Later that evening, in the privacy of Charlie’s room, we discussed the day’s events.  “Charlie honey, if someone, even a friend, thinks you can’t do something, either prove them wrong, or show them something you can do really well, so they focus on your other talents.”  Charlie had the earned reputation of having the neatest handwriting in the 1st grade.  I was already prepared to add to the list if he needed examples to use in the future.  Instead of responding with a smile, he instead dove into one heck of a pity-party, crying uncontrollably.  We spoke for a long time, until he fell asleep.

As I left to find John, I reflected that we had more work to do with Charlie on the subject.  I also realized that while my six-year-old may look like me, he wasn’t me.  I had spent much of my childhood trying to prove to everyone else I was capable of anything I put my mind to doing—that was my natural disposition.  Charlie tended to be more sensitive, and with all my insights, I still needed the reality check that every child is different, and my own son deserved for me to understand that my own approach to resolving similar challenges might not necessarily work perfectly for him.  At least at this age, I could be there to help Charlie explore how best to navigate through these types of experiences in a way suited best for him.  Most importantly, I was committed to helping him embrace and ultimately embody Judy’s powerful message.  He might not travel my identical road to get there, but the goal needed to be the same.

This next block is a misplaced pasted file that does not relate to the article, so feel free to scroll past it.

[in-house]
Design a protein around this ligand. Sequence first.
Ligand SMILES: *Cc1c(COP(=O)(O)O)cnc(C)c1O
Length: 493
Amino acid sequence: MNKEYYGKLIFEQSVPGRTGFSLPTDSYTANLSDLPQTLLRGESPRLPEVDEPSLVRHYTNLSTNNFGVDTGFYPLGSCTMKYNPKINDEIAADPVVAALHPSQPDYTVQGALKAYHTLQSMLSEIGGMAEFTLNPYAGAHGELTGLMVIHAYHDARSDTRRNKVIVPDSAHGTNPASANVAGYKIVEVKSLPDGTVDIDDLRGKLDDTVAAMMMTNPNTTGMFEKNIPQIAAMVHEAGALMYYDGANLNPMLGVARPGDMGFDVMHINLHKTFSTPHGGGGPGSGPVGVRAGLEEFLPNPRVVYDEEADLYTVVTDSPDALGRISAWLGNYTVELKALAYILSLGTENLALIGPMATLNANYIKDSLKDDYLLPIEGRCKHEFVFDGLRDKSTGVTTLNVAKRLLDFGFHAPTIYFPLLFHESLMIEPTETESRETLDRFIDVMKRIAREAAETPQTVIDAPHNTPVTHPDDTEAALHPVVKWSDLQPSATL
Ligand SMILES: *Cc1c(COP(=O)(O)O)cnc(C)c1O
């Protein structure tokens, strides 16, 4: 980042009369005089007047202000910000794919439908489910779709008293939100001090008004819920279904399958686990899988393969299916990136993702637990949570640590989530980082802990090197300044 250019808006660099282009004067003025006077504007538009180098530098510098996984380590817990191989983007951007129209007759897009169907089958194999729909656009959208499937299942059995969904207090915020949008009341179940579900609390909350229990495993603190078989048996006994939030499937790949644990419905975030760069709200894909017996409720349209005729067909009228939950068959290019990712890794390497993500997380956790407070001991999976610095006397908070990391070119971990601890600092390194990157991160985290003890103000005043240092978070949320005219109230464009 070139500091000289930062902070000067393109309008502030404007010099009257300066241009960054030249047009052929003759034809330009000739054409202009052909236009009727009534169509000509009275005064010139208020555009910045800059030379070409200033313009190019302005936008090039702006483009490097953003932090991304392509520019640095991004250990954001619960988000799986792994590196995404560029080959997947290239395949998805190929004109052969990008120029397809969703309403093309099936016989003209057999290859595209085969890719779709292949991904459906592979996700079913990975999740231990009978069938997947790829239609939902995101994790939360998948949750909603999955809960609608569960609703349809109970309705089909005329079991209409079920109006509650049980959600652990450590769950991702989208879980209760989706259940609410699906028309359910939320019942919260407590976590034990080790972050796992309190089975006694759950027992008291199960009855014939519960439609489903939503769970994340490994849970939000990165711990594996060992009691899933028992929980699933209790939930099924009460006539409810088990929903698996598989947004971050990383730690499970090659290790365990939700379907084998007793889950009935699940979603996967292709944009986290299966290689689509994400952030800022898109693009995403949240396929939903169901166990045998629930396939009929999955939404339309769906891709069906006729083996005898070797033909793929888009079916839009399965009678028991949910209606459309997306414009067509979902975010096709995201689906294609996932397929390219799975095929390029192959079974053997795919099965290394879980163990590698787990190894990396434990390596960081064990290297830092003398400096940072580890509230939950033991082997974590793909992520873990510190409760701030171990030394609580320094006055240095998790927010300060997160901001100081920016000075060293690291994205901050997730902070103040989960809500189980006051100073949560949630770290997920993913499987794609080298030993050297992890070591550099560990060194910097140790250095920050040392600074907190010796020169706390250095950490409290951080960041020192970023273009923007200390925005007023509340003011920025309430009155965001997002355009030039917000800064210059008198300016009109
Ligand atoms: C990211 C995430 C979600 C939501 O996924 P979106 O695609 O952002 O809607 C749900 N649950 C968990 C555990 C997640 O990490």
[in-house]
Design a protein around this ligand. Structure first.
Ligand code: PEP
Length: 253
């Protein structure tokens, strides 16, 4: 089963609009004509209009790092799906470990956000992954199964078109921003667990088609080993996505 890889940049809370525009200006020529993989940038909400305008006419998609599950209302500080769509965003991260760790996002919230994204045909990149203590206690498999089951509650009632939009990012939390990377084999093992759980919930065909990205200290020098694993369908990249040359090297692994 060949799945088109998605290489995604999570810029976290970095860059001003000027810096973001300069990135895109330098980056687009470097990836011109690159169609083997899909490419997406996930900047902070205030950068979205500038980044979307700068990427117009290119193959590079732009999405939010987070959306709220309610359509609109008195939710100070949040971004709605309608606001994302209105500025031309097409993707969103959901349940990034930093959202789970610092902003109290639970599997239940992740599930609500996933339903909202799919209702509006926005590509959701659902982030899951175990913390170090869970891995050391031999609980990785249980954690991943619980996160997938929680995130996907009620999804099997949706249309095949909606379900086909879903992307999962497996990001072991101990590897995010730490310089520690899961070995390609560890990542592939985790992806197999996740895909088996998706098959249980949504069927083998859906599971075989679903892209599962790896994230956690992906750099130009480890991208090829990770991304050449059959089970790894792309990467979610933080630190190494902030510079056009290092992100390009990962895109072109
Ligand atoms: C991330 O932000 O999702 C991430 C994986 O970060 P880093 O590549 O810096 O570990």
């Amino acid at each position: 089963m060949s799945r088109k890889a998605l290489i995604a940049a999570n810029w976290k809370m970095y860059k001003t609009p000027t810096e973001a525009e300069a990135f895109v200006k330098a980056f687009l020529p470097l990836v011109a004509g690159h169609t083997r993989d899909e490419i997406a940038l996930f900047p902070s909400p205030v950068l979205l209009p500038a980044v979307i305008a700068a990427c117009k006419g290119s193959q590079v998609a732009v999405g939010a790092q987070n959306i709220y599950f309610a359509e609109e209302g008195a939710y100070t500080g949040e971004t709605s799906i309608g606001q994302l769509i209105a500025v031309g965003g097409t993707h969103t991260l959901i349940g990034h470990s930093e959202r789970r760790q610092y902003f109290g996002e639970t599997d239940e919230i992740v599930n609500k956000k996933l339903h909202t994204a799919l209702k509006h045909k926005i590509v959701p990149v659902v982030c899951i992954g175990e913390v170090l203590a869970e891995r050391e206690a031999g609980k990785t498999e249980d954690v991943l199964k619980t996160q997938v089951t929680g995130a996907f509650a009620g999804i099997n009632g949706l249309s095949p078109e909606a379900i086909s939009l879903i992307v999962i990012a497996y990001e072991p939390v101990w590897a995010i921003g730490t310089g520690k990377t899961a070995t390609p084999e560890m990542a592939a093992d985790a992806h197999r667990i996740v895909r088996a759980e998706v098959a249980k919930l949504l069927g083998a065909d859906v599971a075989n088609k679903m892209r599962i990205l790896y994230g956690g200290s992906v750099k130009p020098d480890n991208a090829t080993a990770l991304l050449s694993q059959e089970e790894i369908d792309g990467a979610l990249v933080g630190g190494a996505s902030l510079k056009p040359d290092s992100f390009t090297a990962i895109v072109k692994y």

That evening, I called Charlie’s friend’s mom.  As soon as she picked up, she began to apologize profusely, telling me that her son was still extremely upset at the thought of hurting Charlie’s feelings, and asked what she could do to make him feel better.   I quickly let her know that Charlie was fine, and this type of experience was simply something he would need to work through since it would not be his last.  I could practically hear her relax over the phone.  Before we got off, I did offer one nugget.  “You asked me if there was anything you could do.  If you are willing, perhaps tell your son that the next time he sees someone that looks different, rather than making assumptions about his or her capabilities, simply take a breath and wait and see.”  She thanked me for the thoughts, and we got off the phone in good spirits.  After all, just because the “just take a breath” message I’ve been trying to convey in my recent writings has been aimed at adults, doesn’t mean it can’t work for kids, too.  I think it’s worth a try.